The biggest story last week aside from the unexpected and largely unwelcome rise in interest rates was the publishing of the Financial Services Authority’s review of the mortgage advice sector.
The regulator carried out a review of 252 firms of differing sizes through a combination of mystery shopping, visits and questionnaires, with the majority of its criticism being reserved for smaller mortgage networks and advisers.
I am glad to see the FSA finally realising that the loophole created by direct authorisation needs addressing. Direct authorisation has always been an option and many advisers have taken this route, no doubt spurred on by the encouragement of those already directly authorised who saw it as a soft option.
The report confirms that large firms and banks are generally operating robust systems and controls, which encouraged the regulator. But it was damning when it came to looking at smaller firms.
Anecdotally, I know that many advisers who have become directly authorised did so because they want an easier life and were fed up with what they saw as the overly burdensome compliance imposed on them by larger firms. But this report shows that there is nowhere to hide.
Among the criticisms of smaller advisers and networks was the observation that some firms were not only allowing unqualified advisers to give advice but were providing poor evidence of product research.
They also failed to provide clients with appropriate and accurate documentation, which is not surprising given the discovery of an overarching lack of management controls.
Almost 40% of advisers are either sole traders or partnerships. This represent a significant risk if the FSA research is extended to the entire small firms sector. Let’s hope it keeps the pressure up and weeds out those people not prepared to do the job properly by finally preventing them from having somewhere to hide.
Comments that have no place in a modern society – building or otherwise
Paul Beardsmore, the general manager and secretary of Market Harborough, stuck his foot firmly in his mouth last week with his homophobic and evangelical views.
In short Beardsmore claimed that homosexual and transgender groups discriminated against Christianity and that as a consequence there was serious trouble ahead.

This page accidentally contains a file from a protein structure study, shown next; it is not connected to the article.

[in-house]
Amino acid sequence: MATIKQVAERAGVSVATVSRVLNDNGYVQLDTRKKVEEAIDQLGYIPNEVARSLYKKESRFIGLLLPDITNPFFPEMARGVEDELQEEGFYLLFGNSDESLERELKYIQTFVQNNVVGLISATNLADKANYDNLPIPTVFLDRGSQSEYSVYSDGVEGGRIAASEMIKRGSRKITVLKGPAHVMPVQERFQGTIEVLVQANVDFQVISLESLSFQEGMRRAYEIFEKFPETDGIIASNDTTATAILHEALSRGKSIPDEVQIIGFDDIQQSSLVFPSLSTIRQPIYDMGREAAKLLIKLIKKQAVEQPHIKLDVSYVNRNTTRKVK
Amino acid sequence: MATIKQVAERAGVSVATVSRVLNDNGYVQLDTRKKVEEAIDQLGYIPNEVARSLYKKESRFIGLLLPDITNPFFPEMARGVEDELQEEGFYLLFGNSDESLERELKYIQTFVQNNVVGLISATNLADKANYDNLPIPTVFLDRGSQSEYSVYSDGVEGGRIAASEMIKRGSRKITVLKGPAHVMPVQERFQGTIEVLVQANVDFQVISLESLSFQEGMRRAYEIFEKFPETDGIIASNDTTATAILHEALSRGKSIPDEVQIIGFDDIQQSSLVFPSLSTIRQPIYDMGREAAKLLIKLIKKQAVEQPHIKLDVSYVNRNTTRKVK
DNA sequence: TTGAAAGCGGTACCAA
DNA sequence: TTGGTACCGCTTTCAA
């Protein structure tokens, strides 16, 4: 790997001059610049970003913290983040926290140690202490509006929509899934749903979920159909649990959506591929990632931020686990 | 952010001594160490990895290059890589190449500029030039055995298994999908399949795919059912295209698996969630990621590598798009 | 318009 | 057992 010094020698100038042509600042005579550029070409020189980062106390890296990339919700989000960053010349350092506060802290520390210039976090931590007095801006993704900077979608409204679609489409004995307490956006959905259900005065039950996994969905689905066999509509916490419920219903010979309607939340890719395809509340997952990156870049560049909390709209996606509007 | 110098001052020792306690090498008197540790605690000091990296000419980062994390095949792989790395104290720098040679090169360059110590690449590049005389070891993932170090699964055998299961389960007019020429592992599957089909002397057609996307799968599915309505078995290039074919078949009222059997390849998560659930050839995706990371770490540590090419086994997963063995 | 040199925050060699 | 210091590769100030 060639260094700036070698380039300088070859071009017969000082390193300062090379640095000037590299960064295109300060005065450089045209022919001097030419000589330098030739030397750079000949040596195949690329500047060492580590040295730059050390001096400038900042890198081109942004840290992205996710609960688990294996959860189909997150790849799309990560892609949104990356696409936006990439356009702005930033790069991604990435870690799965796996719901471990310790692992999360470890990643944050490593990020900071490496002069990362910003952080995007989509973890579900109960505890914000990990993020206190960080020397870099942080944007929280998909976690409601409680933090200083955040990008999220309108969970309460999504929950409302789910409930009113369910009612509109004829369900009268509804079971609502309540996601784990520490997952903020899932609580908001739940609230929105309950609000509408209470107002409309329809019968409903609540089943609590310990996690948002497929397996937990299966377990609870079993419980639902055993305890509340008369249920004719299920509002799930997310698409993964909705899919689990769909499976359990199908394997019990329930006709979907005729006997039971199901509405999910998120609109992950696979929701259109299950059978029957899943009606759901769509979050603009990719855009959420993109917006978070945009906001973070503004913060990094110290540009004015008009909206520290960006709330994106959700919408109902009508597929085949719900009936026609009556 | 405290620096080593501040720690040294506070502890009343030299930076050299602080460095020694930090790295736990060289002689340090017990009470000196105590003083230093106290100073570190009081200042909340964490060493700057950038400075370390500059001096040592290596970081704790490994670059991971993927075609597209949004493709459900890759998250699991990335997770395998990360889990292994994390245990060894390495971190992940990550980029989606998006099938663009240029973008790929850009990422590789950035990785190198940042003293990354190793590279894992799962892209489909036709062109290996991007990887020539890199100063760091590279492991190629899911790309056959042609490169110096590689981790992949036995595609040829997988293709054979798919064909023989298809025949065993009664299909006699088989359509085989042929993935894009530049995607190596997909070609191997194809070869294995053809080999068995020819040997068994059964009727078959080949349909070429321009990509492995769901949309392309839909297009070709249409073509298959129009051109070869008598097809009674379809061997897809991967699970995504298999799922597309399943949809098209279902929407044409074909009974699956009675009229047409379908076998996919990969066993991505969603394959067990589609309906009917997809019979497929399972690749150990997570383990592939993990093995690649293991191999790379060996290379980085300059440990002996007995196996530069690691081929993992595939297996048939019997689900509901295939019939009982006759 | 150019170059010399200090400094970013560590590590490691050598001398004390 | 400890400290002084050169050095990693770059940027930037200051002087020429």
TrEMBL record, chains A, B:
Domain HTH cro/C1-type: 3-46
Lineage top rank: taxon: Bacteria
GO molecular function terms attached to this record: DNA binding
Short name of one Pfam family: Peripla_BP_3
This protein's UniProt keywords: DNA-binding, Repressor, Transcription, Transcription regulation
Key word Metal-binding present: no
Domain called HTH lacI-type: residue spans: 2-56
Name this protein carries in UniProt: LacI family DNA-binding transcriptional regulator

Ironically, the society was being congratulated for its progress towards equality by gay rights group Stonewall when Beardsmore decided to make his views known, proving the old adage that stupidity knows no bounds – only this time he chose a financial news website to do so.
Unsurprisingly, the society moved swiftly to distance itself from Beardsmore’s comments, stating that the views expressed were personal and not those of the society but I’m not sure that will be enough. As a main board member, Beardsmore has significant influence in the society which means it is in danger of being tarred with the negativity associated with his opinions.
These types of comments have no place in today’s society and have been widely condemned by many in the industry. Beardsmore needs reminding that you might think it but you don’t say it. And you certainly don’t publish it – especially when you are occupying a position of influence and governance. That said, it did tickle me to learn that one of his main areas of responsibility is compliance.
Advisers one, economists nil
Last week saw the surprise decision by the Bank of England’s Monetary Policy Committee to increase interest rates by 25 basis points to 5.25%.
The MPC cited concern over inflation as a key driver for putting up rates but it caught the City and most of the mortgage industry by surprise. In a poll of City economists undertaken at the end of last year, 49 out of 50 said they thought we were in for a period of stability in interest rates.
Like actuaries, these people study for years to learn how to guess accurately but when they are called upon, they can’t do it properly.
And just when we thought the financial industry was getting dumbed down to a level where the next thing to go will be advisers, AXA published research showing that clients who take financial advice from professional advisers are able to significantly reduce household debt and boost their savings.
No really, it did.